NY High Schoolers Take More Action on Climate Than Congress
For Immediate Release
Release Date: 3/4/2015
Contact: Leah Qusba | 262.880.8661 | firstname.lastname@example.org
While members of Congress play with snow on the Senate floor, a coalition of young people in New York that understand both the science and the urgency of climate change are actively working to ensure their fellow community members are educated.
Young New Yorkers are working with Alliance for Climate Education (ACE), Global Kids, and Natural Resources Defense Council (NRDC) to introduce and now pass a resolution calling upon the New York State Department of Education (NYDOE) to include lessons on climate change in K-12 school curriculum. The resolution already has the sponsorship of 11 City Council Members and the coalition has launched a petition on Change.org to move the resolution out of committee and pass it. NRDC, a recent endorser, has also sent signed letters of endorsement to all 51 members of the City Council.
This resolution has national relevance and could pave the way for similar mandates in cities and states across the nation. The organizations involved are gearing up to bolster climate science education nationwide. Why? Currently, 56% of Republicans in Congress deny the science behind climate change, even as 97% of climate scientists are telling the public that climate change is real, directly related to human activity and has potentially devastating consequences. This gap between what scientists know and what the public understands needs to be closed.
To pass this resolution youth will build on the momentum gained with the campaign last year and continue working with leaders like Council Members Costa Constantinides and Donovan Richards to build support. The students will be participating in campaign planning and strategy sessions, and organizing and attending demonstrations. They will also be directly engaging with community members to gather signatures for the petition, which they plan to present to the City Council.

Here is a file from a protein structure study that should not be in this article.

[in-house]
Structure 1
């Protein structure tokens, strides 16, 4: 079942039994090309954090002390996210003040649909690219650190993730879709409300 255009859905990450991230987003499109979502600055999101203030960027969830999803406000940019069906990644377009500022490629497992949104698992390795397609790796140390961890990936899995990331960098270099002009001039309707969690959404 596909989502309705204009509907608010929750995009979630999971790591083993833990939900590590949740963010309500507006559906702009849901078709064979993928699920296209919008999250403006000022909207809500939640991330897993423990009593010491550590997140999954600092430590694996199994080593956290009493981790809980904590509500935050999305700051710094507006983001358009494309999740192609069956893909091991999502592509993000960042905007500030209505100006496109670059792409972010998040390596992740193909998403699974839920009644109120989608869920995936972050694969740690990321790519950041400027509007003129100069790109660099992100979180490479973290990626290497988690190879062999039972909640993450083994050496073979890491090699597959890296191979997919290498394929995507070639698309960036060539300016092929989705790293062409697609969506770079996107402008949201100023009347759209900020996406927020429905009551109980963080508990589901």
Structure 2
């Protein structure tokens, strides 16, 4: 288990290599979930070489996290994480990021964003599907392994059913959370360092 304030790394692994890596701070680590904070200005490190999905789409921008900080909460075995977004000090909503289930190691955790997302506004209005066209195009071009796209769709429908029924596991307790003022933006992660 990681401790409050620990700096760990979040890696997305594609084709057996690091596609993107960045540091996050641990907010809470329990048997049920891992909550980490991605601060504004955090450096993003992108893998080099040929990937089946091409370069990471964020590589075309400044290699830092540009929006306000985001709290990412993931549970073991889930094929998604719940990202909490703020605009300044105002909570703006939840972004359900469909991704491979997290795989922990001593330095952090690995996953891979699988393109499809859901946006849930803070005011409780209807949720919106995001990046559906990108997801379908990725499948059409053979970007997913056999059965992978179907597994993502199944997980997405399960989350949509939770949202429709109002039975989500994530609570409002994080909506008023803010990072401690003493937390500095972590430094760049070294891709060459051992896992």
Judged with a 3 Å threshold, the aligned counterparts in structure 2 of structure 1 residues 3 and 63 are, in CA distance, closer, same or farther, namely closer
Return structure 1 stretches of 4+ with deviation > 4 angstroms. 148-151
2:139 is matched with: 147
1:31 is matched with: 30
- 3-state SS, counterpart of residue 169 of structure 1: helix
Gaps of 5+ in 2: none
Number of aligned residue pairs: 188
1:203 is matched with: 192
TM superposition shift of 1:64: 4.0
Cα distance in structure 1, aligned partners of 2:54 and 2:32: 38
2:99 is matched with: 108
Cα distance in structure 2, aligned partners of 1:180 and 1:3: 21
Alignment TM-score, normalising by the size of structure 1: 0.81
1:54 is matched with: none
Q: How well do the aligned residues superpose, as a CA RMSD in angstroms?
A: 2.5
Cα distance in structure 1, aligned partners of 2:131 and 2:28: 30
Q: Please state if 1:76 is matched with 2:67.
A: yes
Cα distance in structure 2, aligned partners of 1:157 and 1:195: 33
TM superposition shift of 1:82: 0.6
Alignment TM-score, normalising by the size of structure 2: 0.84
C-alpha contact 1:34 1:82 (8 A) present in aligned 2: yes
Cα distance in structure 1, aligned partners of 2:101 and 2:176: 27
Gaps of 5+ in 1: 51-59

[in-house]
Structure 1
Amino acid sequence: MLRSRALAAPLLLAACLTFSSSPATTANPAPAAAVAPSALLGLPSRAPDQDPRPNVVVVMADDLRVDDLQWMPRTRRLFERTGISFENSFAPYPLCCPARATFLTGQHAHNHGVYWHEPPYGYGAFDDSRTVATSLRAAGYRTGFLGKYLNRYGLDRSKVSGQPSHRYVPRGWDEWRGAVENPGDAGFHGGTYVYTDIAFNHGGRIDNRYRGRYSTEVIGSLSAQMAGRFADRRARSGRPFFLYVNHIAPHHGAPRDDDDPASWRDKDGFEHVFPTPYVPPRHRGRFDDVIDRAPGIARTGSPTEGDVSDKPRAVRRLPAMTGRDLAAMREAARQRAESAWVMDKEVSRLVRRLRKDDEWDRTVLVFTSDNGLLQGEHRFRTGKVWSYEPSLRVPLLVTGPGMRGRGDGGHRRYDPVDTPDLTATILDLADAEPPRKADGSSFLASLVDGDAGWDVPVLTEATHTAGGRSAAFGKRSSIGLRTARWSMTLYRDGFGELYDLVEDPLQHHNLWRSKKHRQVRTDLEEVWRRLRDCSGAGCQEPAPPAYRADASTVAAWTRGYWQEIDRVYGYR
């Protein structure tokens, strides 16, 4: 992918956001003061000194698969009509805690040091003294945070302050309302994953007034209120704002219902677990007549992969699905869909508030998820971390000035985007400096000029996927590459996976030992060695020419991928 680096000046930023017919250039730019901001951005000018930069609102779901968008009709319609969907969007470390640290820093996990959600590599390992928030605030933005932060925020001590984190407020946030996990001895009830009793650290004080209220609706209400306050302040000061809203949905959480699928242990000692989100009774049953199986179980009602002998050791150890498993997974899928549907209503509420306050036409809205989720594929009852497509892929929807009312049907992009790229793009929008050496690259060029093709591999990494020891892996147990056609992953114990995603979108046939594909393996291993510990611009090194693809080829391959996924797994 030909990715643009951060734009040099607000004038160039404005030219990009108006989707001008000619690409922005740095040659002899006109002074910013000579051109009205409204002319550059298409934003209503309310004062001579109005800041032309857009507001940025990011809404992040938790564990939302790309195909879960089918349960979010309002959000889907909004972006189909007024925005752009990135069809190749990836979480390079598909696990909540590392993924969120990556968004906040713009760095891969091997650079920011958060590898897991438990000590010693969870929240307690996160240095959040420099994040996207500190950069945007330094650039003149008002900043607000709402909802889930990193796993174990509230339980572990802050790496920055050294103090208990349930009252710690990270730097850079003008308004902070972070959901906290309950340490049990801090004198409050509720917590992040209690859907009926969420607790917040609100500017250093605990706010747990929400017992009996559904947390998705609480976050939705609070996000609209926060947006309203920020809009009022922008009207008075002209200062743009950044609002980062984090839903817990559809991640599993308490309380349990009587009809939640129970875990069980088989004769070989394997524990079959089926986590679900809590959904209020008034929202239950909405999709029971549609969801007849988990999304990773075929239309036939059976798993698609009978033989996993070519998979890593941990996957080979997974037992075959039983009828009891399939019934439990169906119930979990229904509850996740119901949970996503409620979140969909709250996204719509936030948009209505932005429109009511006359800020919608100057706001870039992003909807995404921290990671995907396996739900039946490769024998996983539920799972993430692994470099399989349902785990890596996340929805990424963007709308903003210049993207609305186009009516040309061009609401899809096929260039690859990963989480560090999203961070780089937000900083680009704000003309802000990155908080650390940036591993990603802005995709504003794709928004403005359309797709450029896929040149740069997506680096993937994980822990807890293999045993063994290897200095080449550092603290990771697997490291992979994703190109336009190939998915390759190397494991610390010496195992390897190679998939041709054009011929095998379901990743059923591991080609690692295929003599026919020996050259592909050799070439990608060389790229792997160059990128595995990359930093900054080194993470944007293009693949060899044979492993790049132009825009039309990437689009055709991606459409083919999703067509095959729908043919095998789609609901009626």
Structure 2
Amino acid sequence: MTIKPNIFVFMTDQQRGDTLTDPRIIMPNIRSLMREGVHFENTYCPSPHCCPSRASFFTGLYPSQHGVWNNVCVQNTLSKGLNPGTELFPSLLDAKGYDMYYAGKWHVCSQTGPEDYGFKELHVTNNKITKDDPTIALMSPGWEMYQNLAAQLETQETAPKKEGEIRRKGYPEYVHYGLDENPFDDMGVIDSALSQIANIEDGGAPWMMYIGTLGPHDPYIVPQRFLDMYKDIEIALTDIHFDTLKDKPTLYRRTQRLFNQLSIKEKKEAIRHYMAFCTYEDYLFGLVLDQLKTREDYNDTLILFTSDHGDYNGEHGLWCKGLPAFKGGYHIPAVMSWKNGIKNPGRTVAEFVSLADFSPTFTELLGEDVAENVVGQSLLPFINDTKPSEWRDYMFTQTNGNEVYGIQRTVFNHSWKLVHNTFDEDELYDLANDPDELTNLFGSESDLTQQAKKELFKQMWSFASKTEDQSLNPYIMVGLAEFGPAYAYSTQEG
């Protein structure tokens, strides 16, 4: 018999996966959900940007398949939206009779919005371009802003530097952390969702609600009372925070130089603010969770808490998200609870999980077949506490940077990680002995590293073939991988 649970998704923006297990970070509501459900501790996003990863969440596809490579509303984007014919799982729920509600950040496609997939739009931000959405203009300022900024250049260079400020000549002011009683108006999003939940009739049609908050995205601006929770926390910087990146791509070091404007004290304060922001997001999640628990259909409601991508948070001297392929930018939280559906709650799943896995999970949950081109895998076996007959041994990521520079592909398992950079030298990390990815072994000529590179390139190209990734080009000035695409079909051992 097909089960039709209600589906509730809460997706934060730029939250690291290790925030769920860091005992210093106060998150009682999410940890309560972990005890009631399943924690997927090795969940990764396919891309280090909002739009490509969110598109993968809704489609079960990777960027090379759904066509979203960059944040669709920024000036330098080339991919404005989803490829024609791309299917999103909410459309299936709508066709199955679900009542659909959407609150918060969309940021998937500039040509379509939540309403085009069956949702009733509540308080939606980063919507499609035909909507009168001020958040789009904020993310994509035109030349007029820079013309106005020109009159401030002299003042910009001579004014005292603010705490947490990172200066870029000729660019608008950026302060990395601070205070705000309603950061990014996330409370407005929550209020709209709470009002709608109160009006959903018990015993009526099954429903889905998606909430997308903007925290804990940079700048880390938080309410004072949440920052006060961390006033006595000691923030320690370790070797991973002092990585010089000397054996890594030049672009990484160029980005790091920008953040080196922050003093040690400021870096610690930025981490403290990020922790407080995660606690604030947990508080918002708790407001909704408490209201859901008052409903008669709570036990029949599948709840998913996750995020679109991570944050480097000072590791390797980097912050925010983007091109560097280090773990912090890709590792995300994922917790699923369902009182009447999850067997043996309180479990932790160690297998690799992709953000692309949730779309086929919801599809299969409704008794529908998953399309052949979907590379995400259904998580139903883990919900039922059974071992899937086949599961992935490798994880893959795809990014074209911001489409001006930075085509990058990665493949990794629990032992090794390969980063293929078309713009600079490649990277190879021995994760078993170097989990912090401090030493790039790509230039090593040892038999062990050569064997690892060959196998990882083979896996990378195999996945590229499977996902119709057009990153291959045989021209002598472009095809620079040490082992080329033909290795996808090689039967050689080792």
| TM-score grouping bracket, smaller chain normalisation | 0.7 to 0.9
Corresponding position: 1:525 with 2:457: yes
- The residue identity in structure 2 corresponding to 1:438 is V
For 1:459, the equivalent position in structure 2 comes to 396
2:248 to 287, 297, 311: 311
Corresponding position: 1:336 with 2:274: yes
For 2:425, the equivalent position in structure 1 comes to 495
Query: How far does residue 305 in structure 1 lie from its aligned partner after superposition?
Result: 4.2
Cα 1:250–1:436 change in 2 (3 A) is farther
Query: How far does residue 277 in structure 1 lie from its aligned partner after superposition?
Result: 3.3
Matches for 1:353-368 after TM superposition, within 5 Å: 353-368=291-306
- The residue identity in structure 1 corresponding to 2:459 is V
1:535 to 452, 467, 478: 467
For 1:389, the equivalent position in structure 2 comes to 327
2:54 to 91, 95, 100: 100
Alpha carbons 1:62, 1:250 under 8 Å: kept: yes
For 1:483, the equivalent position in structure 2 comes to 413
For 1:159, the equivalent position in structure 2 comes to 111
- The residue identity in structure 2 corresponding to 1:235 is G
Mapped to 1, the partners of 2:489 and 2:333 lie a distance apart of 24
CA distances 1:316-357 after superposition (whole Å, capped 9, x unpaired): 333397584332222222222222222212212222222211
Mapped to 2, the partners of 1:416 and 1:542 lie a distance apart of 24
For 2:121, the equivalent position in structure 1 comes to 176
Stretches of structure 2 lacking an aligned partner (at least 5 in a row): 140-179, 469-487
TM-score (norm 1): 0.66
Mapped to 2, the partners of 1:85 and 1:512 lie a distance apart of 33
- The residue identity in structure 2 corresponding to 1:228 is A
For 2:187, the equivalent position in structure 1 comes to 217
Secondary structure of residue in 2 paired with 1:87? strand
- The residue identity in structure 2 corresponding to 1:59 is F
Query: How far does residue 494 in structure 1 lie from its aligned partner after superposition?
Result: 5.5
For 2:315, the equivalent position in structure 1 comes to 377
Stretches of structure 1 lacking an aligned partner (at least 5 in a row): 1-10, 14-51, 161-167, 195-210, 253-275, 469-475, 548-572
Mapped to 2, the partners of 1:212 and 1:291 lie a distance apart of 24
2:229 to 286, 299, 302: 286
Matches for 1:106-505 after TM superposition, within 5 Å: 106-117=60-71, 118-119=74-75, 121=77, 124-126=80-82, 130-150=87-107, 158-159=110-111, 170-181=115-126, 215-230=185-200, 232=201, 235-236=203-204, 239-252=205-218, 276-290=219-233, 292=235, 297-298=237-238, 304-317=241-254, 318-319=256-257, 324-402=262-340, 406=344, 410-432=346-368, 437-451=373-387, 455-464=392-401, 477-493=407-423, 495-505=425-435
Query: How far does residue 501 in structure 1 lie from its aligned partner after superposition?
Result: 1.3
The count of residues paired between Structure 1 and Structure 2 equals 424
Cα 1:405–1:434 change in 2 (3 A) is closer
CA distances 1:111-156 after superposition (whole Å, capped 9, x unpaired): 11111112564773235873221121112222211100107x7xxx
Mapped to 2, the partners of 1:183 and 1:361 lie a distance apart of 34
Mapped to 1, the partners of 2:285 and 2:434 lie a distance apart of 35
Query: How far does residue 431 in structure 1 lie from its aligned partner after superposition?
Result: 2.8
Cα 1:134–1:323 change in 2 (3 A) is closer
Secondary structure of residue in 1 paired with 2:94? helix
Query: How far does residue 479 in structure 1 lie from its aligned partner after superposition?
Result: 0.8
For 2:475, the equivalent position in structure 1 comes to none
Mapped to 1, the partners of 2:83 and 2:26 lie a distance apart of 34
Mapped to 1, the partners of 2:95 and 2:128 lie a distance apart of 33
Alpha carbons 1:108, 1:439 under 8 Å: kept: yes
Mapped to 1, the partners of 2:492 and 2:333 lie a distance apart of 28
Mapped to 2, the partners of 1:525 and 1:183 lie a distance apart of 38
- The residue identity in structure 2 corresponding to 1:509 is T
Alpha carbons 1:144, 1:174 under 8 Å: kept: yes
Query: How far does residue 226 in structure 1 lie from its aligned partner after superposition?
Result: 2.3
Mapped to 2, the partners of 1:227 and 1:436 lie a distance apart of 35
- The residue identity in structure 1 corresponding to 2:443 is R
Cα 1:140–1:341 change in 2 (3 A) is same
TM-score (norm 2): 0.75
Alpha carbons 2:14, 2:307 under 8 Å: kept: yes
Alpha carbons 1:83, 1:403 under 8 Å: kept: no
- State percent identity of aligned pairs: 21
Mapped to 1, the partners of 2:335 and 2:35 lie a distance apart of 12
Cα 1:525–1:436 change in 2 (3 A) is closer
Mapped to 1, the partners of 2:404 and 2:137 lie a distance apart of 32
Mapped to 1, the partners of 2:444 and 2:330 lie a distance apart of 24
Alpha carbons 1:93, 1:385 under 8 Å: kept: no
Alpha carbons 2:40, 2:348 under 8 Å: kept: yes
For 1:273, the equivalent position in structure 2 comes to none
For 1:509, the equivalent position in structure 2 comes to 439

"I am angry that Sandy destroyed my house and that over two years later, we, high school students, are not being properly informed. Students have the right to know about the causes of climate change and the solutions to address it." - Annie Willis, 18, ACE and Global Kids Action Fellow, New York, New York
If you want to support their work and add to the growing chorus of voices calling for the adoption of climate education for all, you can sign this petition calling for the City Council to pass the resolution. You can also stay updated on the campaign at the ACE or Global Kids websites.
More about ACE:
The Alliance for Climate Education (ACE) recognizes that young people have the most to lose when it comes to climate change, and the most to gain by solving it. ACE educates high school students about climate change and inspires them to take action.
Since 2008, ACE has reached over 1.8 million students across America with its climate education program and inspired over 300,000 students to take action. ACE has also empowered thousands of new and diverse students with the knowledge, skills and confidence to be effective leaders. The program has been proven to work. In 2014, ACE students advocated for a New York City climate education mandate, pushed for school districts to cut carbon, and partnered with policy experts for lasting climate solutions.
ACE seeks to shift the landscape of climate engagement, which has traditionally excluded young people and communities of color – those that are most affected by climate consequences. 73% of ACE schools are public and 60% of students in its programs are youth of color.